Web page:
The rights and protection of vulnerable children, including those from migrant groups, is a pressing issue across Europe and on March 20th the subject took centre stage at a meeting held in Sofia, Bulgaria. The European Social Network (ESN) along with representatives from social policy ministries across the EU used the event, organised by the Social Protection Committee (SPC), to discuss a variety of crucial issues affecting children. The SPC is an EU advisory policy committee for employment and social affairs to the Council of the EU.
The meeting, which was arranged in the context of the Bulgarian Presidency of the Council of the European Union, focused on a range of areas affecting children. These included how to improve child protection policies and childcare. In addition, EU Member States representatives discussed about a proposal to conduct a benchmarking exercise on childcare and child protection policies, with an intention to assess the situation in all EU countries and produce minimum enforceable standards to protect children. Discussion also took place around the European Commission’s plan to launch a call to tender on a feasibility study of a child guarantee for vulnerable children.
ESN’s chief executive Alfonso Lara Montero leveraged the organisation’s expertise in child protection focusing his address on unaccompanied minors. He gave a presentation based on ESN’s latest detailed report on the social inclusion of young migrants and families. Reflecting on the report, which identified key issues affecting vulnerable children and offered recommendations on how to improve the situation, Mr Montero argued that social services in Europe have a duty to support unaccompanied asylum-seeking children and help migrant families integrate into society.
“Investing in the transition to adulthood of young migrants is a key social investment,” Mr Montero told those gathered. “It is logical that having invested in care for these young people over the years public authorities support them to stay in education or employment through an integrated plan that links with housing and social services.”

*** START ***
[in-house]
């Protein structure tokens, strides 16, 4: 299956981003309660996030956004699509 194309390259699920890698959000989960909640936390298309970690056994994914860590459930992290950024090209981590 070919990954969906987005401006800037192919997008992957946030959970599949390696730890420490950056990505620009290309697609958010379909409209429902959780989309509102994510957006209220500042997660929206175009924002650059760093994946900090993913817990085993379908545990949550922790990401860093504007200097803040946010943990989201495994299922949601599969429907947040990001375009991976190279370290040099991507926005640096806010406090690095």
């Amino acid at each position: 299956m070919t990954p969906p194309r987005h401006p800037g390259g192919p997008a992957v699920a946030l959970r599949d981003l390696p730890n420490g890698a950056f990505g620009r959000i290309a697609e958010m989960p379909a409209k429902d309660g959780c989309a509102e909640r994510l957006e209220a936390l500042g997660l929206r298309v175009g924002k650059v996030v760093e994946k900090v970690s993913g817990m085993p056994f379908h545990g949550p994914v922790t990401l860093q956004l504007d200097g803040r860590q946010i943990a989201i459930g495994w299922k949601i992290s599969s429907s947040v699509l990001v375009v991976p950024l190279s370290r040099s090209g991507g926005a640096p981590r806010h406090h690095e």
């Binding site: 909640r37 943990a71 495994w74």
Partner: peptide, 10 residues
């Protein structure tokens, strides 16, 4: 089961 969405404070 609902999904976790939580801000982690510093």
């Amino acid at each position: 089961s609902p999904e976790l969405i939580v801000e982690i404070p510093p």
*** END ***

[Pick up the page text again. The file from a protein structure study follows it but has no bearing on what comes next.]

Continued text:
ESN report: “Promoting the social inclusion of migrant children and young people: The duty of social services”
The report presented at the event is the result of information gathered at the October 2017 Stockholm ESN seminar and an online questionnaire sent to ESN members and external organisations. It explored crucial issues faced by social services when supporting the integration of migrant children and young people in their host societies. After an initial overview of reception of migrant children in Europe it assessed what care and support was available for unaccompanied children. Specifically, it looked at access to key services such as accommodation, healthcare, psychosocial support and education. The coordination of these services through guardians was also reviewed.
In addition, the publication identified barriers to the integration of children of refugee families but also where approaches showed promise, including best practice, for example, when it comes to support for young migrants turning 18.
The first in a number of key messages presented at the meeting was that child reception issues first be addressed from a child protection perspective and then from a migration or asylum-seeking angle. The second takeaway was that unaccompanied children should be appointed with a guardian as soon as possible on arrival to help them with coordinating access to services. The third was that effective service coordination between departments is central to ensuring effective integration into European societies. The final point was that the transition to adulthood for unaccompanied children needs to be better managed with a comprehensive support plan in place for when they leave care.
- ESN Report - "Promoting the social inclusion of migrant children and young people: The duty of social services"
- ESN Seminar - Migrant children and young people – Social inclusion and transition to adulthood
- Social Protection Committee
- Call for tender: Study on the feasibility of a child guarantee for vulnerable children